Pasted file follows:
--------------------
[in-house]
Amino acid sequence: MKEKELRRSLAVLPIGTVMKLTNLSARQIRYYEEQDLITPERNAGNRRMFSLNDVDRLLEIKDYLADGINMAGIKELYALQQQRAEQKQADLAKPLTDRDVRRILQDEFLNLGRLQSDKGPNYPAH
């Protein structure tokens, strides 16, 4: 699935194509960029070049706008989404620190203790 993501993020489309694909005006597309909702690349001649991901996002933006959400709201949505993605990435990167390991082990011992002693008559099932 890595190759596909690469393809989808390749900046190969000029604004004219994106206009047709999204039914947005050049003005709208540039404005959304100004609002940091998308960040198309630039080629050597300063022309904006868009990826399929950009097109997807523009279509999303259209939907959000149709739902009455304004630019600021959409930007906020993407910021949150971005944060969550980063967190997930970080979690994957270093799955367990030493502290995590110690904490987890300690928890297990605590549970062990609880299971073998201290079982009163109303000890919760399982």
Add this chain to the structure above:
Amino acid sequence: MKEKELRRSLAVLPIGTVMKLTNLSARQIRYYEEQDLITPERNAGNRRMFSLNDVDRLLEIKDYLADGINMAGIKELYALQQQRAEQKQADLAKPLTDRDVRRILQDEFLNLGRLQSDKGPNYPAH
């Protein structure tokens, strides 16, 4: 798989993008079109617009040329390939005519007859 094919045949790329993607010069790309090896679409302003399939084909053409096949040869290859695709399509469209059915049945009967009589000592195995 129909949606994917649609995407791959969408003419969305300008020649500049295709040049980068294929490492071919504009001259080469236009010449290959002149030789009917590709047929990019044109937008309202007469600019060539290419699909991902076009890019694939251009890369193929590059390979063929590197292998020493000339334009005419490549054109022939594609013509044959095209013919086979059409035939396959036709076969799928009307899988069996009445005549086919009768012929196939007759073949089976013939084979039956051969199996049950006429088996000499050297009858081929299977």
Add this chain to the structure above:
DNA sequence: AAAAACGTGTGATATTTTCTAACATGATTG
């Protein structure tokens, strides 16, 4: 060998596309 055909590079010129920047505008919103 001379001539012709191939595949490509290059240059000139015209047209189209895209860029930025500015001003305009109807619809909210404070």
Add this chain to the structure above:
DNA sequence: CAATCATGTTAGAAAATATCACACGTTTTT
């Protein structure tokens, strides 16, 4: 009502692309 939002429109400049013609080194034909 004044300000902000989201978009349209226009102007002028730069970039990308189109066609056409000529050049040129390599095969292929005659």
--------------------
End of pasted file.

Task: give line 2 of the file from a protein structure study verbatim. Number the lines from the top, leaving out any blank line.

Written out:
Amino acid sequence: MKEKELRRSLAVLPIGTVMKLTNLSARQIRYYEEQDLITPERNAGNRRMFSLNDVDRLLEIKDYLADGINMAGIKELYALQQQRAEQKQADLAKPLTDRDVRRILQDEFLNLGRLQSDKGPNYPAH